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As a Landlord, Should You Use Month-to-Month or Term Leases?

Brandon Turner
3 min read
As a Landlord, Should You Use Month-to-Month or Term Leases?

One of the largest expenses you will face as a landlord is tenant turnover. Every time a tenant packs up and moves, they leave a trail of dollar bills owing from your bank account. Therefore, we landlords want our tenants to stay forever. Sadly, that’s not going to happen, but we can have some influence over how long the tenant stays by signing the right kind of lease. However, does that mean you should put all tenants immediately on a long-term lease? Maybe not.

Your two choices when it comes to a lease are “term” and “month-to-month.”

  • In a term lease, the tenant is required to stay for a certain length of time. is term is usually one year in length, but some leases are signed for six months or nine months.
  • With a month-to-month rental agreement, the tenant is not required to stay for any length of time, but proper notice (as defined by state-law) must be given before they move out.


Related: 6 Not-So-Obvious Tips From Experienced Landlords

The Major Disadvantage to Term Leases

It might seem obvious to use a term lease when renting to a tenant, but there is one major disadvantage to doing this: The landlord is also locked in to the lease. If you as the landlord don’t like the tenant, you have to wait until the end of the lease to get rid of them. With a month-to-month tenancy, you can simply give the tenant proper notice (as defined by your state) that you will not be renewing their month-to-month lease anymore, and the tenant has to move. This is a BIG stick to carry around and ensure your tenants are behaving, especially if you are new to landlording.

That said, if you do your screening correctly at the beginning, chances are your tenant is going to be just fine, so this probably won’t be an issue. Therefore, you will probably find it in your best interest to use term leases. For the first eight years of being landlords, we only did month-to-month leases with our tenants because we wanted the ability to ask tenants to leave if needed. Over those years, we’ve had to ask a very small handful to vacate, and most of them probably would have left anyway — with or without a lease. Now that we have mastered our screening techniques and are much more confident in our abilities to screen out the type of tenant who we would want the option to get rid of quickly, we have switched to term leases for most of our properties. Term leases also lower turnover of quality tenants moving elsewhere unexpectedly. If they know they are legally obligated to stay for a certain extended period, they (most likely) will, as opposed to having the freedom to move whenever they would like with a month-to-month lease.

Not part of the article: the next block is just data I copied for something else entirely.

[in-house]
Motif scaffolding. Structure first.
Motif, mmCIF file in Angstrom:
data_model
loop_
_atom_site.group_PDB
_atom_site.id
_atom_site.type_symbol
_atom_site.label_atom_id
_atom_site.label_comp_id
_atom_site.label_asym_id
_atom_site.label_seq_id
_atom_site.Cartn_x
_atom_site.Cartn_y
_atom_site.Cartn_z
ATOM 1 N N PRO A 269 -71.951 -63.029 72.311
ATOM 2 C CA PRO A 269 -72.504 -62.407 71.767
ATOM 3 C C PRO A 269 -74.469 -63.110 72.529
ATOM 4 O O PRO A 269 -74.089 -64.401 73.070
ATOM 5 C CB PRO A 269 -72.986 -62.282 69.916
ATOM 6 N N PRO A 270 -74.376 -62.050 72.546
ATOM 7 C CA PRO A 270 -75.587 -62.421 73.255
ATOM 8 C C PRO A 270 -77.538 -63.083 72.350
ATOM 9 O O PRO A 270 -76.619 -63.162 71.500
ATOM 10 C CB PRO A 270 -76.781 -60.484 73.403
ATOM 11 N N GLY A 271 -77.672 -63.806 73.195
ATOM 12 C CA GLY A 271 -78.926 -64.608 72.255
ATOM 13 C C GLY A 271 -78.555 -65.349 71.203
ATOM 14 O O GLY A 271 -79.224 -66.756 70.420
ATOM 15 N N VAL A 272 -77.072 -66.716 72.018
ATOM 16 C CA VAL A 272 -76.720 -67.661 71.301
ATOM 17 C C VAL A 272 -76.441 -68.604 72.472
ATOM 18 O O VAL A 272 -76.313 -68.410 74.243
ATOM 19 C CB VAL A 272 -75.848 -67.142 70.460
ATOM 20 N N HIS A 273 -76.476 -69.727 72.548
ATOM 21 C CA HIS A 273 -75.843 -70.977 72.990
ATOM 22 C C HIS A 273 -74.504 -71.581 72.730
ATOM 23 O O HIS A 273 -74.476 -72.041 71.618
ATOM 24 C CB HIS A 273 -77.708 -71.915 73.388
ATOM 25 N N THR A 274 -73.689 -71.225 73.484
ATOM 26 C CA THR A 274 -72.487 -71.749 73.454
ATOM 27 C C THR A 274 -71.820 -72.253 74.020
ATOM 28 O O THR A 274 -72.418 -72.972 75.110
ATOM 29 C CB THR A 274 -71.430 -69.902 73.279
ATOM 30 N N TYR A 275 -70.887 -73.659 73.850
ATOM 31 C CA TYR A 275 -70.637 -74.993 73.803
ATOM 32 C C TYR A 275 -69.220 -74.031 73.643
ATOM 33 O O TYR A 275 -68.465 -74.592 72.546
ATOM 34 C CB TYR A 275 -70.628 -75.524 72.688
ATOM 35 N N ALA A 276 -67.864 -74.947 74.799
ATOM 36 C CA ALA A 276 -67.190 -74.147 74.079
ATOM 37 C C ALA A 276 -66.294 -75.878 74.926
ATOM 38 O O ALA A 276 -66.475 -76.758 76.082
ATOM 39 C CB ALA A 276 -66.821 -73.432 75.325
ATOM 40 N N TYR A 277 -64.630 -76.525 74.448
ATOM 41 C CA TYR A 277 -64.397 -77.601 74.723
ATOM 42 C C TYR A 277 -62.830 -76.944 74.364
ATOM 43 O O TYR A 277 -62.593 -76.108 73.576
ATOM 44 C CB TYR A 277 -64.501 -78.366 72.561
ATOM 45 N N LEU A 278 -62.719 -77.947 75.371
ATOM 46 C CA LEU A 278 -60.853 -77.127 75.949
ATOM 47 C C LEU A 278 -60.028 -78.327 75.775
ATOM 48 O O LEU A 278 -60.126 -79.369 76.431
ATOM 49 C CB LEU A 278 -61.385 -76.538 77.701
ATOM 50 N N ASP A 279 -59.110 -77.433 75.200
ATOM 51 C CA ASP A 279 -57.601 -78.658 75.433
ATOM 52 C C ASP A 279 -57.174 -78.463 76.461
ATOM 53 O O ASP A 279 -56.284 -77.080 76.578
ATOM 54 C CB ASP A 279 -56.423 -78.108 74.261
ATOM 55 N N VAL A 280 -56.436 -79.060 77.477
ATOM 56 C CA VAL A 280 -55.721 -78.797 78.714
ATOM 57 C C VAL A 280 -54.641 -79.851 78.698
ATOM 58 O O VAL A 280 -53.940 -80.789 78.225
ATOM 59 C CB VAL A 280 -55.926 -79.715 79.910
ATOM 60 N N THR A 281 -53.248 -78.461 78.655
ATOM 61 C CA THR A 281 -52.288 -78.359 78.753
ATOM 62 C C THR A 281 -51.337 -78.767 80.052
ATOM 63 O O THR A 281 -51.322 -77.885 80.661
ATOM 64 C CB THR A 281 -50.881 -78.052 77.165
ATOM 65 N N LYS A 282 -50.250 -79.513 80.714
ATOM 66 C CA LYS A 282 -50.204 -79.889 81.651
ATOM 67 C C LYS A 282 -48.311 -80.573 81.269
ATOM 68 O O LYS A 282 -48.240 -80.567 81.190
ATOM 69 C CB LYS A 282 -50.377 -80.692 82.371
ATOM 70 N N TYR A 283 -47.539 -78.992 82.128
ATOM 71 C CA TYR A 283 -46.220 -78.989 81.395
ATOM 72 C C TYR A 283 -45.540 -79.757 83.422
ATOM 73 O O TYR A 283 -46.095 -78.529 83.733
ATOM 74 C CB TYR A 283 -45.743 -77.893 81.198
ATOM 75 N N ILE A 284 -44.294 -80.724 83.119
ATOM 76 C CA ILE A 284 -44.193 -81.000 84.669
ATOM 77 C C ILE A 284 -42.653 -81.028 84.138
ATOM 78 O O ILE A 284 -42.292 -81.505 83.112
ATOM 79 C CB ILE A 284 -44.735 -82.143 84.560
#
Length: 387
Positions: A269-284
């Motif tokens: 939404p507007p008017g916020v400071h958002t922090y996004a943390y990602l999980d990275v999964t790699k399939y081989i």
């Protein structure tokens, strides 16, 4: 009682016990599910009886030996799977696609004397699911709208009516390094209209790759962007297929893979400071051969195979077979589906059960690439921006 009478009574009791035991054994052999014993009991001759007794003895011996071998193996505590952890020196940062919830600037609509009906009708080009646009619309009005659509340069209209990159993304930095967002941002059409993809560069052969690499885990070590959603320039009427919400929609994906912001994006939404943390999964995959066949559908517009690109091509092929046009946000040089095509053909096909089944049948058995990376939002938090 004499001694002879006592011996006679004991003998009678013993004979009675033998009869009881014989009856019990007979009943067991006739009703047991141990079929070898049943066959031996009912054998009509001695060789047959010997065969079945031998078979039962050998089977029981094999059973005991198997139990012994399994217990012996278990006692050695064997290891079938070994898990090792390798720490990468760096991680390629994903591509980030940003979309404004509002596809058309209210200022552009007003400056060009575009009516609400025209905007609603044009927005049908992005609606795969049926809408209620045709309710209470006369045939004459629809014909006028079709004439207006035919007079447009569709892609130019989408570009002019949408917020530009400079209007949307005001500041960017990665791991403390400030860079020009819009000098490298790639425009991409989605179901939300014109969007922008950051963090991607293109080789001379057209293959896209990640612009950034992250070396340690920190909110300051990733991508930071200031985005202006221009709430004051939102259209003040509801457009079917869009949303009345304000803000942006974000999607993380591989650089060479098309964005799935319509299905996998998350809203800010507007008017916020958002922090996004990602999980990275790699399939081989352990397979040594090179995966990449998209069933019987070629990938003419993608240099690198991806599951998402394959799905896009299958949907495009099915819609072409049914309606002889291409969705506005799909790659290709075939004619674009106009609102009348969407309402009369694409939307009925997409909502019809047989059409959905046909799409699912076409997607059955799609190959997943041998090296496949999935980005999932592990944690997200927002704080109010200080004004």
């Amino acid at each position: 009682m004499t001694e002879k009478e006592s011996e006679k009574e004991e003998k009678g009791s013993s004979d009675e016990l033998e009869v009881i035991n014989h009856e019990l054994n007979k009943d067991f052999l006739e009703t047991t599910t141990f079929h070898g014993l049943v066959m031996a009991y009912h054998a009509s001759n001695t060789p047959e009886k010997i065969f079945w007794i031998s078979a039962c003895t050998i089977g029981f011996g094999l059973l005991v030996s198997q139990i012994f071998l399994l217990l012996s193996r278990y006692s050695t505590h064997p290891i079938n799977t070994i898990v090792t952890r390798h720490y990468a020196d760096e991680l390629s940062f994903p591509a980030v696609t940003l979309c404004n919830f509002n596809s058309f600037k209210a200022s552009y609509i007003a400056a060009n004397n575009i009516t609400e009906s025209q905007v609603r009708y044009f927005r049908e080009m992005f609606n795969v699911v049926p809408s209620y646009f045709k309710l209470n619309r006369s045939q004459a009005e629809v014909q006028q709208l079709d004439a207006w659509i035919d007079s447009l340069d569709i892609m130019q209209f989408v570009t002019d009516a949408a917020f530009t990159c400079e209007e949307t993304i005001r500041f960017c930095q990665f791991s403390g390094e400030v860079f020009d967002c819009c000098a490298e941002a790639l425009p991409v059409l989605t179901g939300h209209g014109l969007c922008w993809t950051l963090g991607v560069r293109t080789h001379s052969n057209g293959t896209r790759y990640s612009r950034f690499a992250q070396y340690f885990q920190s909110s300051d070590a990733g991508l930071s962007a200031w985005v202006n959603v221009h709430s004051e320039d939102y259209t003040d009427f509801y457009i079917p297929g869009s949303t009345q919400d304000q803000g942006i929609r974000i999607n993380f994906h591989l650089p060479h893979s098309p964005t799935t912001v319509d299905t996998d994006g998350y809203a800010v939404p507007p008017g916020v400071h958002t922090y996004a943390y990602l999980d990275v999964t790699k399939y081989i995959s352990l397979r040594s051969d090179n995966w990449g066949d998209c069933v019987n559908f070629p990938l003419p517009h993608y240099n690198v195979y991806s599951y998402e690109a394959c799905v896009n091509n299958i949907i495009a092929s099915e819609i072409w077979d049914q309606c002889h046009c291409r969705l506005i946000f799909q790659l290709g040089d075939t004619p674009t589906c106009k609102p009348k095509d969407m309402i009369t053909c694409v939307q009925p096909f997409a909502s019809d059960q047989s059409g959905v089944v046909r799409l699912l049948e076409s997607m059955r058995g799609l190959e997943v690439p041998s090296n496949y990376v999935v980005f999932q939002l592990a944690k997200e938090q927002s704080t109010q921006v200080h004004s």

Related: 5 Smart Ways to Spend More NOW to Save Big LATER as a Landlord

How Long of a Term Should You Sign?

Now, how long of a term should you sign? To answer this, look at the seasons. Certain parts of the year are incredibly difficult for finding tenants, so why not use the lease terms to your advantage and make sure possible vacancies always take place when the market is perfect for a new tenant? Let’s say we needed to fill a unit on December 1st. There is no way we’re going to sign a one-year lease with that tenant because we know twelve months down the road we are going to have a tough time finding a tenant during the holidays. Instead, we’ll sign a six or nine-month lease to make the lease end in the summer or early fall, when units are easier to fill. Then, when the renewal time comes around, we’ll put the tenant on a 12-month lease from that point forward. It’s definitely our goal to make sure all our planned turnovers happen during prime moving season between June and September, so we work our leases around that goal.

[This is an excerpt from Brandon Turner’s The Book on Managing Rental Properties. To get more in-depth tips on property management and landlording, be sure to check out the full book.]

Do you prefer month-to-month or term leases? Why?

Let me know with a comment!

Note By BiggerPockets: These are opinions written by the author and do not necessarily represent the opinions of BiggerPockets.